Skin care for the busy nurse

February 2015 Vol 15 (1)

Looking after our skin often comes a distant second to extramural study, full-time work and looking after family in the busy world of today’s nurses. Cosmetic nurse LARA MOLLOY shares some practical and quick skin care tips for nurses on the go.


Lara MolloyKeep it simple” is the mantra for cosmetic nurse Lara Molloy.

Many women have bathroom cabinets and drawers cluttered with cleansers, toners, hydrating face masks, exfoliating scrubs, pore minimisers, eye gels and other creams and lotions offering to lift, firm, hydrate, renew, boost and otherwise make our skin radiantly youthful.

Molloy is well aware that many of these lotions and potions just sit on the shelf gathering dust. So what she advises clients at her appearance medicine clinic – many of them nurses aged from their mid-20s to close to retirement – is to get back to the basics.

While her clinic offers Botox to laser treatment, she says the secret is getting the ‘canvas’ right; that is, looking after the biggest organ of your body – your skin.

“To me, the canvas is far more important than the odd line here or there,” says Molloy. “I really work hard on getting great skin.”

 

Good skin care at your supermarket

Good basic skin care doesn’t have to break the bank.

For nurses who don’t have the inclination or the money for high-end skin care products, Molloy advocates investing in a good moisturiser and UV protectant and not wasting money on cleansers and toners.

“You can get dragged into a myriad of products that you don’t need,” she says.

“All the cleansers that have special ingredients in them – they are just put on and washed off immediately so you really don’t need to get anything too flashy.”

She says Cetaphil is a good basic range – they have a cleanser for both dry and oily skins – and it is available on the supermarket shelf. “It is one I would recommend for people who are budget-conscious – and nurses usually are.”

Likewise you don’t need a toner. Molloy says pick up a pack of microfibre cloths from your supermarket aisle instead – the everyday ones for dusting and cleaning, not the shiny ones for glass polishing as they are too smooth.

“The normal microfibre cloth feels really soft but they are actually quite rough and abrasive. So at night after cleansing your skin just give your skin a gentle buff with a microfibre cloth and warm water. Then just rinse out the cloth so it dries and is and ready for the next night.

“That’s instead of using toners as the cloth gets all the residual make-up off and helps lift off the dead skin cells as well, without any chemicals. I’ve put most of my clients onto microfibre cloths now – they are brilliant.

“It’s like a mini micro-dermabrasion every night – but don’t be too rough.”

In your 20s your night-time regime can then just end with the applying of a simple moisturiser suitable for your skin type.

Molloy says if you have oily skin or combination skin you should avoid cream-style moisturisers containing oily substances (like cocoa butter/coconut oil) and instead opt for lotion-style products with humectant (moisture absorbing or attracting) agents like glycerine and hyaluronic acid.

 

Everyday UV protection is a must

Sun damage leads to premature ageing of the skin for many Kiwis.

Many of us, with the wisdom of hindsight, look back to the sun-filled days of our smooth-skinned 20s and wish we had slipped on a hat and slapped on some sunblock far, far more often.

Molloy agrees that prevention is better than cure so she recommends that Kiwis take sun protection one step further if we don’t only want to reduce the risk of skin cancers but also our chances of premature wrinkles and sun spots.

“Absolutely every morning – summer and winter – you should use a SPF30+ (sun protection factor) moisturiser under your make-up.”

 

Yes, even indoors

Even if you are likely to be indoors at work all day, Molloy points out that fluorescent lights also emit UV (ultraviolet) rays that, with long-term exposure, can impact on the skin. A 2012 study found that energy efficient CFL (curlicue compact fluorescent lamps) bulbs emit even more UV rays than traditional fluorescent tubes and may damage healthy skin cells and exacerbate existing skin conditions.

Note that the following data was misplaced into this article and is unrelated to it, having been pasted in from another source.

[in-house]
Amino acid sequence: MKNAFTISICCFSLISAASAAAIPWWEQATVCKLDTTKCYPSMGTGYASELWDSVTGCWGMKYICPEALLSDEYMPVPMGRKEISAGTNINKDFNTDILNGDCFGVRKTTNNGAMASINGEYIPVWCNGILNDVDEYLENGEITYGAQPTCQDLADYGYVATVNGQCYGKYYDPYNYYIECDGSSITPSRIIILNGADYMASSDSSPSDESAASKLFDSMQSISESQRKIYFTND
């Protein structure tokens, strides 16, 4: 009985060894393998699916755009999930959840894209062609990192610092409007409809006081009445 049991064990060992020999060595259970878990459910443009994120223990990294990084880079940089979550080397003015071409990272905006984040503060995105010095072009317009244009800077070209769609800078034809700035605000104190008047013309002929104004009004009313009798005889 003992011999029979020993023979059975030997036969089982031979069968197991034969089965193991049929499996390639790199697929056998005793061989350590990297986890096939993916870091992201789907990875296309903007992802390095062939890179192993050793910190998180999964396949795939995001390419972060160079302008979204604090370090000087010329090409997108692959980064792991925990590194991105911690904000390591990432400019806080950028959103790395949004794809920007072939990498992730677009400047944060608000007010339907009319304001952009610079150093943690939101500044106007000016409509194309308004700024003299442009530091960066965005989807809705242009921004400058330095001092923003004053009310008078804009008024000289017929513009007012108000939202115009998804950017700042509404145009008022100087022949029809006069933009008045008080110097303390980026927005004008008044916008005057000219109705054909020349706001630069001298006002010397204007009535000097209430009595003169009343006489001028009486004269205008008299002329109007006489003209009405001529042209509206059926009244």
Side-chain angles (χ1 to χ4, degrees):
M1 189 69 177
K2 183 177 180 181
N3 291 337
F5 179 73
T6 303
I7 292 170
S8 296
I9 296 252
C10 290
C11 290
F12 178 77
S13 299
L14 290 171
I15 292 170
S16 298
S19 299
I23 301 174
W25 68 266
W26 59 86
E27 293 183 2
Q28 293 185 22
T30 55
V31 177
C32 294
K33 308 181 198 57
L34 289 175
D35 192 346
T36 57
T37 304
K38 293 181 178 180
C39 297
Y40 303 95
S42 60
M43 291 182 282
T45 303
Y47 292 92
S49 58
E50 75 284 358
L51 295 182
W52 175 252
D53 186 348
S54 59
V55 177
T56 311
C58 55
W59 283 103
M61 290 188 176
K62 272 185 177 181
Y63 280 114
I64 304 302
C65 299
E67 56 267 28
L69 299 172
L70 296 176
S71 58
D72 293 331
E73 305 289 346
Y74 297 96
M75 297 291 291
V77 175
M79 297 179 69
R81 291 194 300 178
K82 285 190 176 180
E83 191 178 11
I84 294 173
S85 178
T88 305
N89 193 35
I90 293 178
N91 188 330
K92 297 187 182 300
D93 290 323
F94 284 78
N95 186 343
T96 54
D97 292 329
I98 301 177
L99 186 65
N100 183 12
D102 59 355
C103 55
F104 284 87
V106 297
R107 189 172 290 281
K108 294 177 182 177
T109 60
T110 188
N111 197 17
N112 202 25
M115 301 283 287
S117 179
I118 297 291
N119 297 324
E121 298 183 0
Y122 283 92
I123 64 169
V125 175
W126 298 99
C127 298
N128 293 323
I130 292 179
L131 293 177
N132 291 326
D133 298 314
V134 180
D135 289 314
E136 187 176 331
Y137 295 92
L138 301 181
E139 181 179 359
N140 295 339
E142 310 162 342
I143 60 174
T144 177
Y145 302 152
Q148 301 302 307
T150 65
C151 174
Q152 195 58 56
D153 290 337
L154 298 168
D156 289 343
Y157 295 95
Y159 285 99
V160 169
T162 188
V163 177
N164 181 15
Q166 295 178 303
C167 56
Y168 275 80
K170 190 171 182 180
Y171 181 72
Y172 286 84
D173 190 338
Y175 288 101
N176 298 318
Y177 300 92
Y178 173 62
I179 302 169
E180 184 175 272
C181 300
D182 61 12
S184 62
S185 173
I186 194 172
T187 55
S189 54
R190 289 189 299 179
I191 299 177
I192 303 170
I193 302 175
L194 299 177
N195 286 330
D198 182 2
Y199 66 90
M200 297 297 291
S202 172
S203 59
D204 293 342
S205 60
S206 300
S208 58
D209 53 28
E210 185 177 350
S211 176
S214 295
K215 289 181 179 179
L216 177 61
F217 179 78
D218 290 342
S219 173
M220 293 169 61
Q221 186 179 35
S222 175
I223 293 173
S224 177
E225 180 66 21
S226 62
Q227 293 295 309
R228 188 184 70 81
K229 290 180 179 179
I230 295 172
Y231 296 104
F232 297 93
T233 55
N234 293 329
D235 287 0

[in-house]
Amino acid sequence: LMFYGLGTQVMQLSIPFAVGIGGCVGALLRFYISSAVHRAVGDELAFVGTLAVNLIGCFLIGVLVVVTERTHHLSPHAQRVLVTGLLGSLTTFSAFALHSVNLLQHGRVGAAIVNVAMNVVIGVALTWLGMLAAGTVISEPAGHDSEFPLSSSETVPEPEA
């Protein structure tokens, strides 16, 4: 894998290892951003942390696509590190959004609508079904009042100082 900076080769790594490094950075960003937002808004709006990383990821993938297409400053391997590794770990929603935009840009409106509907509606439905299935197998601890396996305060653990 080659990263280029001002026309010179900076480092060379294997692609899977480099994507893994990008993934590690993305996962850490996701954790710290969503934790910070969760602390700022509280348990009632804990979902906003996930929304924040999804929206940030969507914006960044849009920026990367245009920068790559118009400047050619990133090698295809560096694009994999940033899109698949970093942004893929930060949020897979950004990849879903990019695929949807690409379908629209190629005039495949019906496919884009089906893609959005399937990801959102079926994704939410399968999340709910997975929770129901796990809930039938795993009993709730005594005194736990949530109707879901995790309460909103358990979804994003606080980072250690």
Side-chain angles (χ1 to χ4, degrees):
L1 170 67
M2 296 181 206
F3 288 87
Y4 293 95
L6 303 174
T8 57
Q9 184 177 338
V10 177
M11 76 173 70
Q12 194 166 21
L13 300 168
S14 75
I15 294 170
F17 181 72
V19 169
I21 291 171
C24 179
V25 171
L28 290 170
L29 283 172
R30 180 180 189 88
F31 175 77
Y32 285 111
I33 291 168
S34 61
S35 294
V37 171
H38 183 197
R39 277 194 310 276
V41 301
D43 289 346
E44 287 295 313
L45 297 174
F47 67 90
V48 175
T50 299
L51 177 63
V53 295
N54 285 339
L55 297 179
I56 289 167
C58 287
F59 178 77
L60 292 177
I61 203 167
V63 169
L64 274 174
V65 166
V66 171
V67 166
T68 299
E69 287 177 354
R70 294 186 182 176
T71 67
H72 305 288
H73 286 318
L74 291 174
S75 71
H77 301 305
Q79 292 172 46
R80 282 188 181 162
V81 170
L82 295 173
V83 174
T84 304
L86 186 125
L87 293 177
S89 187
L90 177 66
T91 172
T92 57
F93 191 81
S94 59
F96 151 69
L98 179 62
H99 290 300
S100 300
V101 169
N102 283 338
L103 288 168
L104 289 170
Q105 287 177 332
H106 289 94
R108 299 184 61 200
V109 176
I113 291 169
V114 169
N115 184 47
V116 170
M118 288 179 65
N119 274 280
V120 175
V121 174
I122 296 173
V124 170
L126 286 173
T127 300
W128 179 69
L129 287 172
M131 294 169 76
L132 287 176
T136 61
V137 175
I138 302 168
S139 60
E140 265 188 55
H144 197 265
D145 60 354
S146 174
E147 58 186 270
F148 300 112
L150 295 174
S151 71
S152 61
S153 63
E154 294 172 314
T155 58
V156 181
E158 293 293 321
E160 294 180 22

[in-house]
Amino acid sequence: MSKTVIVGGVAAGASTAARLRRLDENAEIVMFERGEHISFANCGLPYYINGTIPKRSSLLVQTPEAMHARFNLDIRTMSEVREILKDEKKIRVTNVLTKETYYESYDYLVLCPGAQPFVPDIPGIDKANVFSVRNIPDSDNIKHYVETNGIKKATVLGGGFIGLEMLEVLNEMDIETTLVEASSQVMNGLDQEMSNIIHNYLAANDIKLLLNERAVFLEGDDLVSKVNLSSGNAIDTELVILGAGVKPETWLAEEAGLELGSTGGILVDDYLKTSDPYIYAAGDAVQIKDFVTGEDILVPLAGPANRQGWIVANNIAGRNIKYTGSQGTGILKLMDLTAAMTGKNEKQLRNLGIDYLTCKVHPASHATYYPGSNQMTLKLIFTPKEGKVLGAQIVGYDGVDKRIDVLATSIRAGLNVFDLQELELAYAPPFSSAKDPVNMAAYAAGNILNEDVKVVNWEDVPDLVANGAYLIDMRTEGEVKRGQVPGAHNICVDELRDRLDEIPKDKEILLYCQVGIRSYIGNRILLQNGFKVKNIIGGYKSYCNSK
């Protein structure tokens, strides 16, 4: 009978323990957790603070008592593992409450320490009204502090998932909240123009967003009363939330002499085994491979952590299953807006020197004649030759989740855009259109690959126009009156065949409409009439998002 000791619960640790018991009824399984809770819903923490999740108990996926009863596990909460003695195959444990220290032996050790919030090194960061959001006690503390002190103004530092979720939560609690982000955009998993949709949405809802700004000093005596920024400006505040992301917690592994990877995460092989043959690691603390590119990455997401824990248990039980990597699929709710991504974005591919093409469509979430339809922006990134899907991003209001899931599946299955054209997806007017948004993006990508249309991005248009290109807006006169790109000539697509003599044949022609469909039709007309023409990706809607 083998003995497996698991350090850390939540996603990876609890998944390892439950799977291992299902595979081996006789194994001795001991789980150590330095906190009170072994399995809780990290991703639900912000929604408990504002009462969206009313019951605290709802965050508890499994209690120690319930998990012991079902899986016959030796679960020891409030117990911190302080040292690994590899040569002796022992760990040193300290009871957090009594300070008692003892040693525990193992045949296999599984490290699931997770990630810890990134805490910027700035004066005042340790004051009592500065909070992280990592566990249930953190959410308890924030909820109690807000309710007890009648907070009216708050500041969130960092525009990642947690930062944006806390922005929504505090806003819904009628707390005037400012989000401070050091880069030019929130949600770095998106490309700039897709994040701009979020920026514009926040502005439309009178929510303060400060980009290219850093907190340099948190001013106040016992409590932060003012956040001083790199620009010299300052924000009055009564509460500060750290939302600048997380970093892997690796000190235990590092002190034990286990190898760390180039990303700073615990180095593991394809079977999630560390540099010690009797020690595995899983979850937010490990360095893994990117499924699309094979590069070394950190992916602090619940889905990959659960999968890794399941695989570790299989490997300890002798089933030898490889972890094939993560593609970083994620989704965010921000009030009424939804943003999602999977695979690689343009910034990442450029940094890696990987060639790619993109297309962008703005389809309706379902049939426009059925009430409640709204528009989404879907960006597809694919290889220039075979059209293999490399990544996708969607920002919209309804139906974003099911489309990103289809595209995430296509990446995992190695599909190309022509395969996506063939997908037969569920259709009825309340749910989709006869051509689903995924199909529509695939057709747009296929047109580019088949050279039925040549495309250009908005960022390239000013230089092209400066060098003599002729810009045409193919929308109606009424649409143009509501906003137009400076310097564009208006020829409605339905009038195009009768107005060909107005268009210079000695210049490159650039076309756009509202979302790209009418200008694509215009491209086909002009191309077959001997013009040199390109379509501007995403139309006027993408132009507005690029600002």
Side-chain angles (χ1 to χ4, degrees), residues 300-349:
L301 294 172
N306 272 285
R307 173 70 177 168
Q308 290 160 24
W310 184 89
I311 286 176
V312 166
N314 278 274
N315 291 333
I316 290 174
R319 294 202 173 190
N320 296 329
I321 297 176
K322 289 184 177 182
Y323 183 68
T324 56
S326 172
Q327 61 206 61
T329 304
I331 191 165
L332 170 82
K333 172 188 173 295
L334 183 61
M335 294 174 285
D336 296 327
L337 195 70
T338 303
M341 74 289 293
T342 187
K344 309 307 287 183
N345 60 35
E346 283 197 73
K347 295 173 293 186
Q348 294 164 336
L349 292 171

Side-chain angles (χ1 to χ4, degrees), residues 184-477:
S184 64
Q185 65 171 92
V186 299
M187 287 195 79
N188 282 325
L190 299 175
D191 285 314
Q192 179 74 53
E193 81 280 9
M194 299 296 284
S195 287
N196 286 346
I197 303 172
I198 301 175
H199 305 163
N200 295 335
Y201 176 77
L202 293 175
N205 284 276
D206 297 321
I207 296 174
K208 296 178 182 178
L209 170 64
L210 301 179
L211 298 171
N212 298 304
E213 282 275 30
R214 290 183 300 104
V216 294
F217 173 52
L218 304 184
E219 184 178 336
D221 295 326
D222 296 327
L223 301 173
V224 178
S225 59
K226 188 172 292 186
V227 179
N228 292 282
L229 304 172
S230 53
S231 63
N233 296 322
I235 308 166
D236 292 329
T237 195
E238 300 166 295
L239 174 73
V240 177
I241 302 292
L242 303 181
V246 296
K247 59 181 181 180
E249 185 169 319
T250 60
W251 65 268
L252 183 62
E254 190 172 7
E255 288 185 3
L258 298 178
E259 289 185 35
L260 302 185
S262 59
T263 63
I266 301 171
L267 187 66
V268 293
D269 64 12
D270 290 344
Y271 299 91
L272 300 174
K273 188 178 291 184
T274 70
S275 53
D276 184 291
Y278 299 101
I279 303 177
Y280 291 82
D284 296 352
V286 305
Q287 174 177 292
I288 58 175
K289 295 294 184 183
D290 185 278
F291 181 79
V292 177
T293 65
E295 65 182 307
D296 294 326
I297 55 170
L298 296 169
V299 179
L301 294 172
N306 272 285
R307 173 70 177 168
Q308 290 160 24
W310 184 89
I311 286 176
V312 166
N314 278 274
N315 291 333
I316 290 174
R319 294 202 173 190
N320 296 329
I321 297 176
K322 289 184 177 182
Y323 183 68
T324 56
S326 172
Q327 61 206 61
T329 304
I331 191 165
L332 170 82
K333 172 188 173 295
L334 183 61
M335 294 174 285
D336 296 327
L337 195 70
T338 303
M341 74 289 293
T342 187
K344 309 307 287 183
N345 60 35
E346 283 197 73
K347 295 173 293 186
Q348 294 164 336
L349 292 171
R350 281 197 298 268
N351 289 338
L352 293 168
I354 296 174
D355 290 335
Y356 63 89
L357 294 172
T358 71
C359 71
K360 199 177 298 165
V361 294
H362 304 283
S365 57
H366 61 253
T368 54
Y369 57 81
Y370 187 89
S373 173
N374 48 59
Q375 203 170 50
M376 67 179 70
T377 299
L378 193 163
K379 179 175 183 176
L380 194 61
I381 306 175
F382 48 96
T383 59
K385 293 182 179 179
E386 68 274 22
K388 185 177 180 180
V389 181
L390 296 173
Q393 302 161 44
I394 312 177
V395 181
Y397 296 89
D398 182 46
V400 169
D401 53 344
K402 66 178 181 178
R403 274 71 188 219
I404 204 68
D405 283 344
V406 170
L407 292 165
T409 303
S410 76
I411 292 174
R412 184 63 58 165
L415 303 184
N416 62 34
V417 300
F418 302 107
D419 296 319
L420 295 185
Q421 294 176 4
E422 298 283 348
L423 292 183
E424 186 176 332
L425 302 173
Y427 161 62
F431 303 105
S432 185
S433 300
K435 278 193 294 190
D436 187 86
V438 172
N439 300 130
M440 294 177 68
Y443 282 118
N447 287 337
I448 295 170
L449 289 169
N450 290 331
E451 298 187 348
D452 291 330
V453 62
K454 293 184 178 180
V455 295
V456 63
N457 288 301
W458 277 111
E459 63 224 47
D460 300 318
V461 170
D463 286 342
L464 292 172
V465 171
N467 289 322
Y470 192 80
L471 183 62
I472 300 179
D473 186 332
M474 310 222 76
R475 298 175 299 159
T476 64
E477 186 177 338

Finding the right SPF moisturiser that suits you and your pocket is a matter of trialling some of the many products on the market, says Molloy, but it is the area that people should avoid going ‘budget’ if they can. People with oily skins can struggle to find a combined SPF moisturiser that works for them without having skin breakouts. Also people with dry skin whose skin feels tight after applying an SPF moisturiser will need to shop around. So some people can opt to use a standalone SPF30+ sunscreen and then a moisturiser on top.

“For people on a really tight budget with dry skin, probably popping on an SPF30+ block and olive oil is absolutely fine,” says Molloy. “Anything that traps or prevents moisture loss for a dry skin is fantastic, as long as they are not prone to pimples.”

 

Skin care as we age

A daily skin regime for the nurse in their 20s can be quick, simple and relatively cheap.

But even the skin of those who have been religious in protecting themselves from sun damage will naturally start to change as people get further into their 30s, 40s and beyond. And for those of us who had a peeling nose every summer as a child this process is even faster.

So Molloy suggests stepping up your skin care regime as you move into your 30s and 40s if you care about keeping your skin looking as good as possible. And that usually means adding at least one more product or step to your nightly regime after the usual cleansing, buffing and moisturising.

How far you go is a matter of personal choice, budget and the amount of time you are ready to invest in your beauty regime. “You should see my bathroom,” she laughs.

What that product or treatment is also depends largely on your skin type and history.

 

Active ingredients the key

Molloy suggest that once you get into your 30s and if you’ve had a history of sun damage as a child you should look to add an antioxidant product.

“A decent vitamin C (ascorbic acid) product or serum is essential and it helps repairs the cell membranes. It is protective as well as repairing and that would be a basic one to start using.”

Vitamin C treatments are also ideal for people who have pale, thin skin with red vessels (broken capillaries) just starting to show through around the nose or cheeks and who are prone to flushing.

“Well vitamin C is really good for everyone,” says Molloy. “It really does slow down the ageing process.”

She says this is the point when you do start to need to spend more money as off-the-shelf products at your pharmacy or department store don’t have active ingredients in the form and percentage levels required to be absorbed into the skin and make a difference. Instead you need to start stepping into the realm of ‘cosmeceuticals’ – a term coined by the beauty and dermatology sector to describe cosmetics containing high levels of an active pharmaceutical ingredient, such as vitamin C or the vitamin A derivative, retinol.